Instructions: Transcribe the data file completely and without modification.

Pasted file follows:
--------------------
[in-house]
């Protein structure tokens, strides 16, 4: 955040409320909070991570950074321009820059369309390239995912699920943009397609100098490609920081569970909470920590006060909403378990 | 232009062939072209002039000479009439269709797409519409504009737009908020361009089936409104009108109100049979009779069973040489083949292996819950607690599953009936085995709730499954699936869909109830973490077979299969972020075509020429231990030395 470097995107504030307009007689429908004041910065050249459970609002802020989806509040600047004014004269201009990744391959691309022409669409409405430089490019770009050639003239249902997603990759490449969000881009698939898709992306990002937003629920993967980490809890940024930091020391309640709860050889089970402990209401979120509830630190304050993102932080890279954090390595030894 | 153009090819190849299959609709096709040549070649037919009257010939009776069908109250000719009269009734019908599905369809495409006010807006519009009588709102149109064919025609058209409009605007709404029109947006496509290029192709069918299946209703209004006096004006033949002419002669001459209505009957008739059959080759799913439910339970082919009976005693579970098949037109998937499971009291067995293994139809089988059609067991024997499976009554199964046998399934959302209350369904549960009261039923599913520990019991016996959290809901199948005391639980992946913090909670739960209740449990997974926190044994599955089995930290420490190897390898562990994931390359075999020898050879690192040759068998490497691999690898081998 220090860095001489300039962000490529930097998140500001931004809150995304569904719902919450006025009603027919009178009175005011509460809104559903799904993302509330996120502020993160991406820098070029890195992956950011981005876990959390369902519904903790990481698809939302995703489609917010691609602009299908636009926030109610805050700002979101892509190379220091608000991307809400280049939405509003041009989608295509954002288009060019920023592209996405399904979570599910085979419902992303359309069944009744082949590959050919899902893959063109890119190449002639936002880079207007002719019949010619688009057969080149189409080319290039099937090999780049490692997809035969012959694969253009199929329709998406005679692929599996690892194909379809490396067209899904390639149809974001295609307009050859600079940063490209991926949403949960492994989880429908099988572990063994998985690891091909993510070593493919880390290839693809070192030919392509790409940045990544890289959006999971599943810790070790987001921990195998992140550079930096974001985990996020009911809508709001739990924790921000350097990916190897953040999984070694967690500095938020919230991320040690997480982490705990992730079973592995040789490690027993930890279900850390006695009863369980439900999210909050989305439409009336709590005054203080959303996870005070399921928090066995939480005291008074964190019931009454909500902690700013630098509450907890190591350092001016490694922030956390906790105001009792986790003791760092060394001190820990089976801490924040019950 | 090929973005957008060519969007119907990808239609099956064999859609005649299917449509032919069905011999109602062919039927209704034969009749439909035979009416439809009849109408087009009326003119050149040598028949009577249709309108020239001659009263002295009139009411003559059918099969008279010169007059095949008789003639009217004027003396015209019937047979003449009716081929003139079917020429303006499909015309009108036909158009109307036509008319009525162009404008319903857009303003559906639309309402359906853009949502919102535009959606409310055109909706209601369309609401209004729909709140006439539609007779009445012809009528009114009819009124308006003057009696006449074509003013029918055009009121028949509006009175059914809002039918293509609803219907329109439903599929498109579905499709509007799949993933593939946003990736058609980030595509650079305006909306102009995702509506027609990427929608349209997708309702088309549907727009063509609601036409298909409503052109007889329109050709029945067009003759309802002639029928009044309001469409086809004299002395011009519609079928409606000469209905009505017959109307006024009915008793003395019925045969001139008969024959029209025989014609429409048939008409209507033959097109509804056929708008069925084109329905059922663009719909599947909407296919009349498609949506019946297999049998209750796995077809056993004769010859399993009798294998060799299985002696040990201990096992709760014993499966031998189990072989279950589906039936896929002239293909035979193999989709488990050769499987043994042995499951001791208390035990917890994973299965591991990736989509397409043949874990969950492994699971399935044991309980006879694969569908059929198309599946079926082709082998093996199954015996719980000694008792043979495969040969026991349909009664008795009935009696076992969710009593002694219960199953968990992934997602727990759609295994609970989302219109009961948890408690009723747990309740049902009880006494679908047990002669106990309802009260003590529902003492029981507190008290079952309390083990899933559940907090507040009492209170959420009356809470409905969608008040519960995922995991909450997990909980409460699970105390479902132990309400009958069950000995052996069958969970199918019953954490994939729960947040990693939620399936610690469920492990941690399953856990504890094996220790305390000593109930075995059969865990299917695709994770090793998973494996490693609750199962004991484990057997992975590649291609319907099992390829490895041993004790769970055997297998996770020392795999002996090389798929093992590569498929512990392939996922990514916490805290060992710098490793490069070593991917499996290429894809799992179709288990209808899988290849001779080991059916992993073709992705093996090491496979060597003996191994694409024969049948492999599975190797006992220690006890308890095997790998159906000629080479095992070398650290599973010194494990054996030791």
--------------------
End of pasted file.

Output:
[in-house]
């Protein structure tokens, strides 16, 4: 955040409320909070991570950074321009820059369309390239995912699920943009397609100098490609920081569970909470920590006060909403378990 | 232009062939072209002039000479009439269709797409519409504009737009908020361009089936409104009108109100049979009779069973040489083949292996819950607690599953009936085995709730499954699936869909109830973490077979299969972020075509020429231990030395 470097995107504030307009007689429908004041910065050249459970609002802020989806509040600047004014004269201009990744391959691309022409669409409405430089490019770009050639003239249902997603990759490449969000881009698939898709992306990002937003629920993967980490809890940024930091020391309640709860050889089970402990209401979120509830630190304050993102932080890279954090390595030894 | 153009090819190849299959609709096709040549070649037919009257010939009776069908109250000719009269009734019908599905369809495409006010807006519009009588709102149109064919025609058209409009605007709404029109947006496509290029192709069918299946209703209004006096004006033949002419002669001459209505009957008739059959080759799913439910339970082919009976005693579970098949037109998937499971009291067995293994139809089988059609067991024997499976009554199964046998399934959302209350369904549960009261039923599913520990019991016996959290809901199948005391639980992946913090909670739960209740449990997974926190044994599955089995930290420490190897390898562990994931390359075999020898050879690192040759068998490497691999690898081998 220090860095001489300039962000490529930097998140500001931004809150995304569904719902919450006025009603027919009178009175005011509460809104559903799904993302509330996120502020993160991406820098070029890195992956950011981005876990959390369902519904903790990481698809939302995703489609917010691609602009299908636009926030109610805050700002979101892509190379220091608000991307809400280049939405509003041009989608295509954002288009060019920023592209996405399904979570599910085979419902992303359309069944009744082949590959050919899902893959063109890119190449002639936002880079207007002719019949010619688009057969080149189409080319290039099937090999780049490692997809035969012959694969253009199929329709998406005679692929599996690892194909379809490396067209899904390639149809974001295609307009050859600079940063490209991926949403949960492994989880429908099988572990063994998985690891091909993510070593493919880390290839693809070192030919392509790409940045990544890289959006999971599943810790070790987001921990195998992140550079930096974001985990996020009911809508709001739990924790921000350097990916190897953040999984070694967690500095938020919230991320040690997480982490705990992730079973592995040789490690027993930890279900850390006695009863369980439900999210909050989305439409009336709590005054203080959303996870005070399921928090066995939480005291008074964190019931009454909500902690700013630098509450907890190591350092001016490694922030956390906790105001009792986790003791760092060394001190820990089976801490924040019950 | 090929973005957008060519969007119907990808239609099956064999859609005649299917449509032919069905011999109602062919039927209704034969009749439909035979009416439809009849109408087009009326003119050149040598028949009577249709309108020239001659009263002295009139009411003559059918099969008279010169007059095949008789003639009217004027003396015209019937047979003449009716081929003139079917020429303006499909015309009108036909158009109307036509008319009525162009404008319903857009303003559906639309309402359906853009949502919102535009959606409310055109909706209601369309609401209004729909709140006439539609007779009445012809009528009114009819009124308006003057009696006449074509003013029918055009009121028949509006009175059914809002039918293509609803219907329109439903599929498109579905499709509007799949993933593939946003990736058609980030595509650079305006909306102009995702509506027609990427929608349209997708309702088309549907727009063509609601036409298909409503052109007889329109050709029945067009003759309802002639029928009044309001469409086809004299002395011009519609079928409606000469209905009505017959109307006024009915008793003395019925045969001139008969024959029209025989014609429409048939008409209507033959097109509804056929708008069925084109329905059922663009719909599947909407296919009349498609949506019946297999049998209750796995077809056993004769010859399993009798294998060799299985002696040990201990096992709760014993499966031998189990072989279950589906039936896929002239293909035979193999989709488990050769499987043994042995499951001791208390035990917890994973299965591991990736989509397409043949874990969950492994699971399935044991309980006879694969569908059929198309599946079926082709082998093996199954015996719980000694008792043979495969040969026991349909009664008795009935009696076992969710009593002694219960199953968990992934997602727990759609295994609970989302219109009961948890408690009723747990309740049902009880006494679908047990002669106990309802009260003590529902003492029981507190008290079952309390083990899933559940907090507040009492209170959420009356809470409905969608008040519960995922995991909450997990909980409460699970105390479902132990309400009958069950000995052996069958969970199918019953954490994939729960947040990693939620399936610690469920492990941690399953856990504890094996220790305390000593109930075995059969865990299917695709994770090793998973494996490693609750199962004991484990057997992975590649291609319907099992390829490895041993004790769970055997297998996770020392795999002996090389798929093992590569498929512990392939996922990514916490805290060992710098490793490069070593991917499996290429894809799992179709288990209808899988290849001779080991059916992993073709992705093996090491496979060597003996191994694409024969049948492999599975190797006992220690006890308890095997790998159906000629080479095992070398650290599973010194494990054996030791």